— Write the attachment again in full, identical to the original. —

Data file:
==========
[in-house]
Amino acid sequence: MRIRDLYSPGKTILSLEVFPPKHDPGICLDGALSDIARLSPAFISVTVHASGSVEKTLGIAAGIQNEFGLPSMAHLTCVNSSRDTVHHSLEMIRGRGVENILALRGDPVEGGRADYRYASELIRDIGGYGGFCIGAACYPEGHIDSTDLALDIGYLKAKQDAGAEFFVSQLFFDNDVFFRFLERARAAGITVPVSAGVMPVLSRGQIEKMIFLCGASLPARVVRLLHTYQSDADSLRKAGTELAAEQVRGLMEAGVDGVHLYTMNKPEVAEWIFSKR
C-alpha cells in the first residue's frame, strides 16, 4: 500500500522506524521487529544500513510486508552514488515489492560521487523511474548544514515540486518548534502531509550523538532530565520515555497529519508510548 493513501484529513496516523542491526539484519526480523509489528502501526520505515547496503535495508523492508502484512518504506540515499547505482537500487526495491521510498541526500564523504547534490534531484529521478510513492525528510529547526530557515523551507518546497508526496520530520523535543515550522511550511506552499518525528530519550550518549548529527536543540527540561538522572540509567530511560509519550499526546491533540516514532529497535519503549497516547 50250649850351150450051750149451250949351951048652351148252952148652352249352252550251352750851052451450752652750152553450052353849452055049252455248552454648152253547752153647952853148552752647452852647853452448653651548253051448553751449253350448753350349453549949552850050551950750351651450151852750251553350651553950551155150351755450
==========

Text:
[in-house]
Amino acid sequence: MRIRDLYSPGKTILSLEVFPPKHDPGICLDGALSDIARLSPAFISVTVHASGSVEKTLGIAAGIQNEFGLPSMAHLTCVNSSRDTVHHSLEMIRGRGVENILALRGDPVEGGRADYRYASELIRDIGGYGGFCIGAACYPEGHIDSTDLALDIGYLKAKQDAGAEFFVSQLFFDNDVFFRFLERARAAGITVPVSAGVMPVLSRGQIEKMIFLCGASLPARVVRLLHTYQSDADSLRKAGTELAAEQVRGLMEAGVDGVHLYTMNKPEVAEWIFSKR
C-alpha cells in the first residue's frame, strides 16, 4: 500500500522506524521487529544500513510486508552514488515489492560521487523511474548544514515540486518548534502531509550523538532530565520515555497529519508510548 493513501484529513496516523542491526539484519526480523509489528502501526520505515547496503535495508523492508502484512518504506540515499547505482537500487526495491521510498541526500564523504547534490534531484529521478510513492525528510529547526530557515523551507518546497508526496520530520523535543515550522511550511506552499518525528530519550550518549548529527536543540527540561538522572540509567530511560509519550499526546491533540516514532529497535519503549497516547 50250649850351150450051750149451250949351951048652351148252952148652352249352252550251352750851052451450752652750152553450052353849452055049252455248552454648152253547752153647952853148552752647452852647853452448653651548253051448553751449253350448753350349453549949552850050551950750351651450151852750251553350651553950551155150351755450